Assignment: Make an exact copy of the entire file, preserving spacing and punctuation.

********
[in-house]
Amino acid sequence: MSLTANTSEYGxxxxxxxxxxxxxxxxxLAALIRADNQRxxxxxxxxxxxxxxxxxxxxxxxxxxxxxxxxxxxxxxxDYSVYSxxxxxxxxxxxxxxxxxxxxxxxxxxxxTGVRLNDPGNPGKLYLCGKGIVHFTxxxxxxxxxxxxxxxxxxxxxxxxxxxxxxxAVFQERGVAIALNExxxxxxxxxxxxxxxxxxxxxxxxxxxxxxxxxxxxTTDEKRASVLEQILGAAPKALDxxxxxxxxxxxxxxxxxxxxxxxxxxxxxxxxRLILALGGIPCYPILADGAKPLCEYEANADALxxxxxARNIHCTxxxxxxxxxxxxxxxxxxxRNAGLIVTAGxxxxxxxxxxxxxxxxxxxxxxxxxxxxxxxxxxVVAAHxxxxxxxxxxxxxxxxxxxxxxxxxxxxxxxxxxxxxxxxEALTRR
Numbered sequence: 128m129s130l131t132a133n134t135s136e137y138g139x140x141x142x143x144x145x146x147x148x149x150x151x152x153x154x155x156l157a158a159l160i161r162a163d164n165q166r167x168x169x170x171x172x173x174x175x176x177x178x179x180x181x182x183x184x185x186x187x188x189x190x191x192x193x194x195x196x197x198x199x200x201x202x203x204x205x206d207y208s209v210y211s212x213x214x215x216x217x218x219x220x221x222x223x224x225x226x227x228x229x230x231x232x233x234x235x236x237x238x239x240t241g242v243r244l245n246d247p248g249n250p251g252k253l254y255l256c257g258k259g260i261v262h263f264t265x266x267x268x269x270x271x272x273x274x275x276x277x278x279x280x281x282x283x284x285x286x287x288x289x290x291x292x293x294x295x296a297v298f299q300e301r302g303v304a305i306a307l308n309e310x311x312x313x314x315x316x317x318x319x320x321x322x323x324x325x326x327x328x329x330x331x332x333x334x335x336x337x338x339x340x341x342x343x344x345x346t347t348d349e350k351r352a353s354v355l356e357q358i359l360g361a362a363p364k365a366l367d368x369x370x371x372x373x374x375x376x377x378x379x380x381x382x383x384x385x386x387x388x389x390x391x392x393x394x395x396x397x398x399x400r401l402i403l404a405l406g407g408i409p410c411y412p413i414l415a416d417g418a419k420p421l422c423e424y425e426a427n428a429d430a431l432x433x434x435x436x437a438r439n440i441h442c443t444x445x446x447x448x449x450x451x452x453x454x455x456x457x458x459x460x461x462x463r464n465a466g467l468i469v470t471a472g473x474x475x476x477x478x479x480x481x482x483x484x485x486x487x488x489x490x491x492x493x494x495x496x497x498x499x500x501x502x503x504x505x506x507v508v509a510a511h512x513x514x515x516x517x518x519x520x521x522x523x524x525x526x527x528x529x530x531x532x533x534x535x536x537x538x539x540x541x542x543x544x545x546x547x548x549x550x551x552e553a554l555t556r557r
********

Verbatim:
[in-house]
Amino acid sequence: MSLTANTSEYGxxxxxxxxxxxxxxxxxLAALIRADNQRxxxxxxxxxxxxxxxxxxxxxxxxxxxxxxxxxxxxxxxDYSVYSxxxxxxxxxxxxxxxxxxxxxxxxxxxxTGVRLNDPGNPGKLYLCGKGIVHFTxxxxxxxxxxxxxxxxxxxxxxxxxxxxxxxAVFQERGVAIALNExxxxxxxxxxxxxxxxxxxxxxxxxxxxxxxxxxxxTTDEKRASVLEQILGAAPKALDxxxxxxxxxxxxxxxxxxxxxxxxxxxxxxxxRLILALGGIPCYPILADGAKPLCEYEANADALxxxxxARNIHCTxxxxxxxxxxxxxxxxxxxRNAGLIVTAGxxxxxxxxxxxxxxxxxxxxxxxxxxxxxxxxxxVVAAHxxxxxxxxxxxxxxxxxxxxxxxxxxxxxxxxxxxxxxxxEALTRR
Numbered sequence: 128m129s130l131t132a133n134t135s136e137y138g139x140x141x142x143x144x145x146x147x148x149x150x151x152x153x154x155x156l157a158a159l160i161r162a163d164n165q166r167x168x169x170x171x172x173x174x175x176x177x178x179x180x181x182x183x184x185x186x187x188x189x190x191x192x193x194x195x196x197x198x199x200x201x202x203x204x205x206d207y208s209v210y211s212x213x214x215x216x217x218x219x220x221x222x223x224x225x226x227x228x229x230x231x232x233x234x235x236x237x238x239x240t241g242v243r244l245n246d247p248g249n250p251g252k253l254y255l256c257g258k259g260i261v262h263f264t265x266x267x268x269x270x271x272x273x274x275x276x277x278x279x280x281x282x283x284x285x286x287x288x289x290x291x292x293x294x295x296a297v298f299q300e301r302g303v304a305i306a307l308n309e310x311x312x313x314x315x316x317x318x319x320x321x322x323x324x325x326x327x328x329x330x331x332x333x334x335x336x337x338x339x340x341x342x343x344x345x346t347t348d349e350k351r352a353s354v355l356e357q358i359l360g361a362a363p364k365a366l367d368x369x370x371x372x373x374x375x376x377x378x379x380x381x382x383x384x385x386x387x388x389x390x391x392x393x394x395x396x397x398x399x400r401l402i403l404a405l406g407g408i409p410c411y412p413i414l415a416d417g418a419k420p421l422c423e424y425e426a427n428a429d430a431l432x433x434x435x436x437a438r439n440i441h442c443t444x445x446x447x448x449x450x451x452x453x454x455x456x457x458x459x460x461x462x463r464n465a466g467l468i469v470t471a472g473x474x475x476x477x478x479x480x481x482x483x484x485x486x487x488x489x490x491x492x493x494x495x496x497x498x499x500x501x502x503x504x505x506x507v508v509a510a511h512x513x514x515x516x517x518x519x520x521x522x523x524x525x526x527x528x529x530x531x532x533x534x535x536x537x538x539x540x541x542x543x544x545x546x547x548x549x550x551x552e553a554l555t556r557r